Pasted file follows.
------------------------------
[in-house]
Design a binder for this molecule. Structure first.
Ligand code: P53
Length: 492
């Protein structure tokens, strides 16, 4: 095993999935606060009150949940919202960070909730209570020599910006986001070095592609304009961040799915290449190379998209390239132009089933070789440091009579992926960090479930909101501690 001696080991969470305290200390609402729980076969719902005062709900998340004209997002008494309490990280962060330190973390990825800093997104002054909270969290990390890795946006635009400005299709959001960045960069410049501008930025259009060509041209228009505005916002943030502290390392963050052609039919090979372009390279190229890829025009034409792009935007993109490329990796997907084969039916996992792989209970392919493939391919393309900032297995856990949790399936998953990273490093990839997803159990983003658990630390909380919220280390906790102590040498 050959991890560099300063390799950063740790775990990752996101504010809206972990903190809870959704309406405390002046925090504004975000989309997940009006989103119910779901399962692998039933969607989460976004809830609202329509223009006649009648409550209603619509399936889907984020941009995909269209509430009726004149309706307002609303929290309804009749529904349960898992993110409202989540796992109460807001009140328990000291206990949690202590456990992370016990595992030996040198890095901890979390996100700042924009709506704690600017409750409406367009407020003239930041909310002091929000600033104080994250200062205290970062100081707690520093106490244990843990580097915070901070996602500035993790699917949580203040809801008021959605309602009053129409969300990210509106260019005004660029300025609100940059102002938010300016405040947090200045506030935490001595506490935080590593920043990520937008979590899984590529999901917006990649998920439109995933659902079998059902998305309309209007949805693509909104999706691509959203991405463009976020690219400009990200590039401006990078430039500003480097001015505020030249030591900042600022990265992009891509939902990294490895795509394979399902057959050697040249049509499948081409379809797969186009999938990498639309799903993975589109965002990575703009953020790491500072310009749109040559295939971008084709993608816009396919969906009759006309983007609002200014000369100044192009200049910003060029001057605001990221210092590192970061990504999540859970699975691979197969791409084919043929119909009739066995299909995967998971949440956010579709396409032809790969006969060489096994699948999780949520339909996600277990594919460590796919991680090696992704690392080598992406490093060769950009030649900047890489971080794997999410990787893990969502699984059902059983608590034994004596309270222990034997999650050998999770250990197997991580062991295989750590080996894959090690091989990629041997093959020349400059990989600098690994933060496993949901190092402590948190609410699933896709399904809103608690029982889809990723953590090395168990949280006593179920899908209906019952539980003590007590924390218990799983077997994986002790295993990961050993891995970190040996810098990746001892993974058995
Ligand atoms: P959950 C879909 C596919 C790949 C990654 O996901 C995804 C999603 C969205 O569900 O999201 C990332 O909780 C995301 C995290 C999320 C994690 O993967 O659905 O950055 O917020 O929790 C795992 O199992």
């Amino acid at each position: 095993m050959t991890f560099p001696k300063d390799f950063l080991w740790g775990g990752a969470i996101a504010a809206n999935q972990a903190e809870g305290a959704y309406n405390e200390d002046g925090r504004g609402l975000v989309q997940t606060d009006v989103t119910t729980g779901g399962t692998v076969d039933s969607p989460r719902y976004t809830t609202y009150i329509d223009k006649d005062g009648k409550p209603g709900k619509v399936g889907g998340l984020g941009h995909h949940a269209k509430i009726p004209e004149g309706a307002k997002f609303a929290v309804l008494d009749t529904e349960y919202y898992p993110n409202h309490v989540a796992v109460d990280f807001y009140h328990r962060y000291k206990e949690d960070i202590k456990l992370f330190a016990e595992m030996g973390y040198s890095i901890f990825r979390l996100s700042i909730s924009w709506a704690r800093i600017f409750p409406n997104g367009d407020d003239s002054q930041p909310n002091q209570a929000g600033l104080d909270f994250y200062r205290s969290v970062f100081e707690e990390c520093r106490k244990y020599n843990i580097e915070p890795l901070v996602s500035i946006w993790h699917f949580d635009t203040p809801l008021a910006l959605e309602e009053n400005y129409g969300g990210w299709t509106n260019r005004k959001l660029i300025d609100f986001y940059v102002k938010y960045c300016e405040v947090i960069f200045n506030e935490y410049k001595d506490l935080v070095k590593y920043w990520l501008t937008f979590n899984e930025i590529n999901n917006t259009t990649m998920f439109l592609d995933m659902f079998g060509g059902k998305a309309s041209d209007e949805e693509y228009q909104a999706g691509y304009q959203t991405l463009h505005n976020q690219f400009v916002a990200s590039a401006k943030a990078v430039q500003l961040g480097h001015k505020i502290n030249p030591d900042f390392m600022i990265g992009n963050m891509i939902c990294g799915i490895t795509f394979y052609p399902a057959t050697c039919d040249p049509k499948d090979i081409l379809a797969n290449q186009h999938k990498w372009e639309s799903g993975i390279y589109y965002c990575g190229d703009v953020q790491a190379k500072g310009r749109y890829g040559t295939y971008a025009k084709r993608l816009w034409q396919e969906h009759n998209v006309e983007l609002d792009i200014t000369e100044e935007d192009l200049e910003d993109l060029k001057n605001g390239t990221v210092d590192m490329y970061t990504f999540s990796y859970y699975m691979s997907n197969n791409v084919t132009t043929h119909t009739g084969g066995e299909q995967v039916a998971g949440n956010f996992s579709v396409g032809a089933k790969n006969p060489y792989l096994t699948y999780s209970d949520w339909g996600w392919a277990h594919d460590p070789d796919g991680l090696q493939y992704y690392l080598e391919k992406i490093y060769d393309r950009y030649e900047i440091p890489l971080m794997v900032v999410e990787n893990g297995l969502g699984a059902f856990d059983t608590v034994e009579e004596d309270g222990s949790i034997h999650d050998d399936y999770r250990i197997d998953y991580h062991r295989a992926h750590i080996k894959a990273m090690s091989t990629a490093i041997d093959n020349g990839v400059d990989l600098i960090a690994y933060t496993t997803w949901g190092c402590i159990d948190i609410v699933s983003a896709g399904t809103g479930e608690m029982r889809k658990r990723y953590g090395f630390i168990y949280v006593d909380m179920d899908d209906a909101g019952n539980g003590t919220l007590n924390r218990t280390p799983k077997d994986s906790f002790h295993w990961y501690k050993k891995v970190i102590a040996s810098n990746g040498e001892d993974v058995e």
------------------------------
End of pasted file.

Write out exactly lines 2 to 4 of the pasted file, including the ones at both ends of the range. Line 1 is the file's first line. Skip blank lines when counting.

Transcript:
Design a binder for this molecule. Structure first.
Ligand code: P53
Length: 492